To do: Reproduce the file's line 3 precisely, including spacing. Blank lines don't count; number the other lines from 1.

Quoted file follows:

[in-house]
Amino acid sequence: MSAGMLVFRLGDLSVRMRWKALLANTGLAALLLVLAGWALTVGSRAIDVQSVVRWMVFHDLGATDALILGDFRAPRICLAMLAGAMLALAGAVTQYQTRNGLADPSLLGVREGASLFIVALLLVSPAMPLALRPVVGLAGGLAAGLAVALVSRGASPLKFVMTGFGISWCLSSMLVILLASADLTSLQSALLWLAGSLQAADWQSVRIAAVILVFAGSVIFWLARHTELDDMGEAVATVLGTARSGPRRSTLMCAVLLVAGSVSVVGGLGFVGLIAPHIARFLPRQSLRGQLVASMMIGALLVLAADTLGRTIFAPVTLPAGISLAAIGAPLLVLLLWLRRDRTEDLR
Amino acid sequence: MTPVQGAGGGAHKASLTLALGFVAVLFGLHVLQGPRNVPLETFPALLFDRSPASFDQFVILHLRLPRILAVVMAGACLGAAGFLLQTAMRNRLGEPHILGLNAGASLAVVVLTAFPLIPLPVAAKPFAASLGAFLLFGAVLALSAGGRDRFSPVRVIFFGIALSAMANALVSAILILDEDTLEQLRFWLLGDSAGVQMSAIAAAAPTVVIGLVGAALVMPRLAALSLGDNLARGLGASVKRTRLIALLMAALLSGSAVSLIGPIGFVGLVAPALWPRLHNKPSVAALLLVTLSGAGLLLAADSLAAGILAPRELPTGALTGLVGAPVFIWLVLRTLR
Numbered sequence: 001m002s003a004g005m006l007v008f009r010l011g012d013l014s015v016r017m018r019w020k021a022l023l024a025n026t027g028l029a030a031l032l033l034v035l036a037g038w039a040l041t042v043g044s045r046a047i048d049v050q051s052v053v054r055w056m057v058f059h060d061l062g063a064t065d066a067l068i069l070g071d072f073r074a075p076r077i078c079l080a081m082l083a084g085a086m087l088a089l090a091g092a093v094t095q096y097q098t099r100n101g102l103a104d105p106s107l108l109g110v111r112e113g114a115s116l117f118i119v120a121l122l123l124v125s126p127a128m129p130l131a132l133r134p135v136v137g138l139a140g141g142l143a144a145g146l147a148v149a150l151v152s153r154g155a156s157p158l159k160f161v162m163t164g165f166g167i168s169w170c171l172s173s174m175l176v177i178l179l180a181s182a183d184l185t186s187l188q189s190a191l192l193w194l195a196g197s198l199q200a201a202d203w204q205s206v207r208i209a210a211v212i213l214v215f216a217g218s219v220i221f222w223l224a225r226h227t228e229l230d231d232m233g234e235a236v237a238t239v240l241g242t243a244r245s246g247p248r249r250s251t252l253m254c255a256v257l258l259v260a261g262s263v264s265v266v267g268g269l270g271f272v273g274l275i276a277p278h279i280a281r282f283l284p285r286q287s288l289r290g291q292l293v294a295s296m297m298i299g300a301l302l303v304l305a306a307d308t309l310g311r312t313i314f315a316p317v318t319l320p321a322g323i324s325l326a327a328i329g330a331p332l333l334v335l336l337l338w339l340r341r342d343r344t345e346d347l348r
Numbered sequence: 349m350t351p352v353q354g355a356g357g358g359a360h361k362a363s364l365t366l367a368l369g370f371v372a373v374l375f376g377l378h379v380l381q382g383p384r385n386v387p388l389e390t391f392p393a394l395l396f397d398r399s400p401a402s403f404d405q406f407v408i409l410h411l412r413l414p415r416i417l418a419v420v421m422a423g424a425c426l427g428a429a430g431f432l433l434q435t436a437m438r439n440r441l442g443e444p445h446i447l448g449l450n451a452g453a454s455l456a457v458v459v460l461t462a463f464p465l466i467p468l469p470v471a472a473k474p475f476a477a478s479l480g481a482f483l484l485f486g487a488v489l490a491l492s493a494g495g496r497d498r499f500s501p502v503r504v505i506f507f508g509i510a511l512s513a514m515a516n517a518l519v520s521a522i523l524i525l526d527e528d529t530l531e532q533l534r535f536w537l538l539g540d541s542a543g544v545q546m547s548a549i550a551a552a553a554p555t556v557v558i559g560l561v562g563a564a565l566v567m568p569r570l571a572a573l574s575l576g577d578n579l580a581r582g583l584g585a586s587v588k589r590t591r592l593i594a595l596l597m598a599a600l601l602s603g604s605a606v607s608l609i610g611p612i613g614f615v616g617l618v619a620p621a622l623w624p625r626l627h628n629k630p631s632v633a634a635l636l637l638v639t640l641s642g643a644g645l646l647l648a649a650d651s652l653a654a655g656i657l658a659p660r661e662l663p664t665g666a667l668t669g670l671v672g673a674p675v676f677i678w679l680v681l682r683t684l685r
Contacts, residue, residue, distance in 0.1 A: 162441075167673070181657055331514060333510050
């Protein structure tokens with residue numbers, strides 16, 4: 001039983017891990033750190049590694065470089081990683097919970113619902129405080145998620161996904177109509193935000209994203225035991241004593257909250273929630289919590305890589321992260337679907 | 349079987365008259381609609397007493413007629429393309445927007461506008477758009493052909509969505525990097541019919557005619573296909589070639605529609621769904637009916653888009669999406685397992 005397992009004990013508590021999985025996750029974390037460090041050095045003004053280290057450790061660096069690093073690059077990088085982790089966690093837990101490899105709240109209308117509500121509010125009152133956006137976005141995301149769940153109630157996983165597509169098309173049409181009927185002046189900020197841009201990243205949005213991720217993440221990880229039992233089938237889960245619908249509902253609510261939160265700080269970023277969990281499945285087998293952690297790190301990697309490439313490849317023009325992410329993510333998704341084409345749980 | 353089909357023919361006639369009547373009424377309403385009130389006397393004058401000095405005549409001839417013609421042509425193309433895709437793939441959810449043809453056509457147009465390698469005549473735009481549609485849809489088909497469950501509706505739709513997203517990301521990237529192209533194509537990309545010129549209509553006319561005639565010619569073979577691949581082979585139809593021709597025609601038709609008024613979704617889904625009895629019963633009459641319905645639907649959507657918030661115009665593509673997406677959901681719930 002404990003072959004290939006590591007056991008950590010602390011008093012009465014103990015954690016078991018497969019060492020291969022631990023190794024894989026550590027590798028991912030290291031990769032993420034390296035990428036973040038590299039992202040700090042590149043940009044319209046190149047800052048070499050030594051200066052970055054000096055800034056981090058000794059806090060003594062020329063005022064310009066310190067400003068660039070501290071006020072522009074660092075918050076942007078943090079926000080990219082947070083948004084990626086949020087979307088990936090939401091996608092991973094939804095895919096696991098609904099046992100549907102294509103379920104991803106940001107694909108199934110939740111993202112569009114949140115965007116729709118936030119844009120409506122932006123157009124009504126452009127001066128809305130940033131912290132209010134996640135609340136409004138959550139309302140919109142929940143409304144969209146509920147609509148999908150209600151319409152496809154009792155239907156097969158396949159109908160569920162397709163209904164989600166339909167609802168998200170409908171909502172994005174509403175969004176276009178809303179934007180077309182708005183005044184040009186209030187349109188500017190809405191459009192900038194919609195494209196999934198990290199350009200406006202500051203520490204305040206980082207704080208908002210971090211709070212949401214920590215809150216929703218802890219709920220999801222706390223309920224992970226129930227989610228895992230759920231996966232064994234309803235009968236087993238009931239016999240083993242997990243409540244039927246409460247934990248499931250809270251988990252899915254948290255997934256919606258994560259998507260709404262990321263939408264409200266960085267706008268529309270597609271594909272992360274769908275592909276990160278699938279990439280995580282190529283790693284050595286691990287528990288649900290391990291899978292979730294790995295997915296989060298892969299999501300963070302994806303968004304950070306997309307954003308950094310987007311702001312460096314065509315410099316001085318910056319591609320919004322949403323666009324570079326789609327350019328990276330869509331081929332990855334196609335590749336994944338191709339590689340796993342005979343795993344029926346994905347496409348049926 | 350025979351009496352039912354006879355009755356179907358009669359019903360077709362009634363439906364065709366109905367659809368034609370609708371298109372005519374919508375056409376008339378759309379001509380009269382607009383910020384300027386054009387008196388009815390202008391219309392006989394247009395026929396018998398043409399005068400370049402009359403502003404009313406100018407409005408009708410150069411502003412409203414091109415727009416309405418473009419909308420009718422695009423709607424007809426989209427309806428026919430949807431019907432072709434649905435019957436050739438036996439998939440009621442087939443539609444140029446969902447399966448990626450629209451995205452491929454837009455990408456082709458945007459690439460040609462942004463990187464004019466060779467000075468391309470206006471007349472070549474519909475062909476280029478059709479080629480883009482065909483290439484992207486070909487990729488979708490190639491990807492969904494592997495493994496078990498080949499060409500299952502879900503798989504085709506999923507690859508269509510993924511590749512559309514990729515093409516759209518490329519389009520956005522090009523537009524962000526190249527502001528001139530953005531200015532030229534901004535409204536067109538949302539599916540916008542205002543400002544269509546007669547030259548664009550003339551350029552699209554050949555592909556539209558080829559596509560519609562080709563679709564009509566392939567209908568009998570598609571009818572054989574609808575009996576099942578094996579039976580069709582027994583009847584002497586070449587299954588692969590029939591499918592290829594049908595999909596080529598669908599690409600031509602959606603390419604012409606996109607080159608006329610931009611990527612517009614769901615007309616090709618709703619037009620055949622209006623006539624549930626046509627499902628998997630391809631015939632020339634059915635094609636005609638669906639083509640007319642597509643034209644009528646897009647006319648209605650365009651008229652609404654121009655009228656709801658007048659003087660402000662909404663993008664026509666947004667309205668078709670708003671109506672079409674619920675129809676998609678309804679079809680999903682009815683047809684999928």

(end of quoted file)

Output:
Amino acid sequence: MTPVQGAGGGAHKASLTLALGFVAVLFGLHVLQGPRNVPLETFPALLFDRSPASFDQFVILHLRLPRILAVVMAGACLGAAGFLLQTAMRNRLGEPHILGLNAGASLAVVVLTAFPLIPLPVAAKPFAASLGAFLLFGAVLALSAGGRDRFSPVRVIFFGIALSAMANALVSAILILDEDTLEQLRFWLLGDSAGVQMSAIAAAAPTVVIGLVGAALVMPRLAALSLGDNLARGLGASVKRTRLIALLMAALLSGSAVSLIGPIGFVGLVAPALWPRLHNKPSVAALLLVTLSGAGLLLAADSLAAGILAPRELPTGALTGLVGAPVFIWLVLRTLR